The Trade Agreements Act refers to a law requiring the U.S. government purchase only “U.S.-made or designated country end products.” Companies and contractors are considered TAA-compliant if they follow TAA guidelines.
End products are “articles, materials and supplies to be acquired for public use," according to the text of the law. Designated countries include Free Trade Agreement countries, countries that have signed the World Trade Organization Agreement on Government Procurement, Caribbean basin countries and some "least-developed" countries.
China, Taiwan, India, Thailand and Malaysia are not considered designated countries in the TAA. However, U.S. contractors can use supplies from these countries and other non-designated countries, as long as they substantially transform them into different final products that meet the criteria.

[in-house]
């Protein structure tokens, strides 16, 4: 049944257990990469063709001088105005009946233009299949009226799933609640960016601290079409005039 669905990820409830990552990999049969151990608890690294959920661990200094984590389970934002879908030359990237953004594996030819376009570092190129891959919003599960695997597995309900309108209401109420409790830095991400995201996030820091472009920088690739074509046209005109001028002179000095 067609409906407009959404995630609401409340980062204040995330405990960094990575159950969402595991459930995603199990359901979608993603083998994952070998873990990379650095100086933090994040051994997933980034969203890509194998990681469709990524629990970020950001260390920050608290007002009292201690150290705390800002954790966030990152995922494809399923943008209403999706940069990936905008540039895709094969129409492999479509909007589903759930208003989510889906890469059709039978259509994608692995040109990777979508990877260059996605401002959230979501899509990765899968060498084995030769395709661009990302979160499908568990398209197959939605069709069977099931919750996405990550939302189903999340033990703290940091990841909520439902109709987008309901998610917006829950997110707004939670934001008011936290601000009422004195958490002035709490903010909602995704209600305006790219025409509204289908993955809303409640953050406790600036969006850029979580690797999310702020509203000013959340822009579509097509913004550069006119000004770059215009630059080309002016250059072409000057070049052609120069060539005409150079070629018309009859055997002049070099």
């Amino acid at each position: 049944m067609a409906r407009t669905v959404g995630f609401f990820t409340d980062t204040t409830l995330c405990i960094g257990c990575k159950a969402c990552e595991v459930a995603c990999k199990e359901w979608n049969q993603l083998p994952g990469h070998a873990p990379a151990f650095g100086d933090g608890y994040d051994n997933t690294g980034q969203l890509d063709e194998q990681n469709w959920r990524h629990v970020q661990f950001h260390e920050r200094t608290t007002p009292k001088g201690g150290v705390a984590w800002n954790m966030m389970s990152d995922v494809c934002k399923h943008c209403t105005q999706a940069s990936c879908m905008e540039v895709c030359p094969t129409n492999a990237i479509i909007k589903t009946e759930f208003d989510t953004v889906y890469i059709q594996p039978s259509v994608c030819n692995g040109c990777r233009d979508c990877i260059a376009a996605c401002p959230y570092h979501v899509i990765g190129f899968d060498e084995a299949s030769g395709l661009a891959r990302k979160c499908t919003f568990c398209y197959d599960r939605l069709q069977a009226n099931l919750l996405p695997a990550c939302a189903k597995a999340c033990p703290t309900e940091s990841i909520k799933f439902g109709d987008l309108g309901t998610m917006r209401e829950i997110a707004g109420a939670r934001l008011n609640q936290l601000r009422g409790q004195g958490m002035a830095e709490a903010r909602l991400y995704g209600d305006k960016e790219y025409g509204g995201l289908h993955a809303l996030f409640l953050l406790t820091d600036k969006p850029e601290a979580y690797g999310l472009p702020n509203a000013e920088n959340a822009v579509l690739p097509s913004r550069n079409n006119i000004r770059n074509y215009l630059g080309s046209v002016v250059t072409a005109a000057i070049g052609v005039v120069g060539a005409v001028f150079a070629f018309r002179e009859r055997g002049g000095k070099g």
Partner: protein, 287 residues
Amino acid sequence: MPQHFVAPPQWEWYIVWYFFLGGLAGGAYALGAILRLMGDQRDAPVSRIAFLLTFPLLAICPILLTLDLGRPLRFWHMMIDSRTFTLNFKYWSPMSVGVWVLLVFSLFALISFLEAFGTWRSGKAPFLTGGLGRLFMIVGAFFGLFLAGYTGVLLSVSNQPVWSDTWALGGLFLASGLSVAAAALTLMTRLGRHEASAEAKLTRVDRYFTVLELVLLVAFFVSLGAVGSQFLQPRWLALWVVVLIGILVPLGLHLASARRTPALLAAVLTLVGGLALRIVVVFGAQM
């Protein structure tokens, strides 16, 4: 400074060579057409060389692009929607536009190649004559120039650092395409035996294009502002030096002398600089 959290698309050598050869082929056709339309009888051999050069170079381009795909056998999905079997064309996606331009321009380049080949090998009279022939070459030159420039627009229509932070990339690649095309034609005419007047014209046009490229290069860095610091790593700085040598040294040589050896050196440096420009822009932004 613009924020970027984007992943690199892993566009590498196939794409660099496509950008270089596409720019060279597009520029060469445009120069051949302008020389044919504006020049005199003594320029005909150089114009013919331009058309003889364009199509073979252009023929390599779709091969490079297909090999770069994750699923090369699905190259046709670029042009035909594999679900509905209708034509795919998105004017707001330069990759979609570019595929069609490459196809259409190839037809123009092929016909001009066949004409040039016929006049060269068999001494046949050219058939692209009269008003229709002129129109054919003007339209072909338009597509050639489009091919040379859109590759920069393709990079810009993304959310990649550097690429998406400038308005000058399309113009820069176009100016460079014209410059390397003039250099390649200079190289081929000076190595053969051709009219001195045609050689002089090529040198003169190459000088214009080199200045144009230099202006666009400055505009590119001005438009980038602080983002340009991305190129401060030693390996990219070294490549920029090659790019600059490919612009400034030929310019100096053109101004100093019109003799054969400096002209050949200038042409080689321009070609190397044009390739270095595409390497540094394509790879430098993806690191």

Contractors and companies that do not comply with TAA rules may face lawsuits or have trouble obtaining government contracts.
Rebekah Richards is a professional writer with work published in the "Atlanta Journal-Constitution," "Brandeis University Law Journal" and online at tolerance.org. She graduated magna cum laude from Brandeis University with bachelor's degrees in creative writing, English/American literature and international studies. Richards earned a master's degree at Carnegie Mellon University.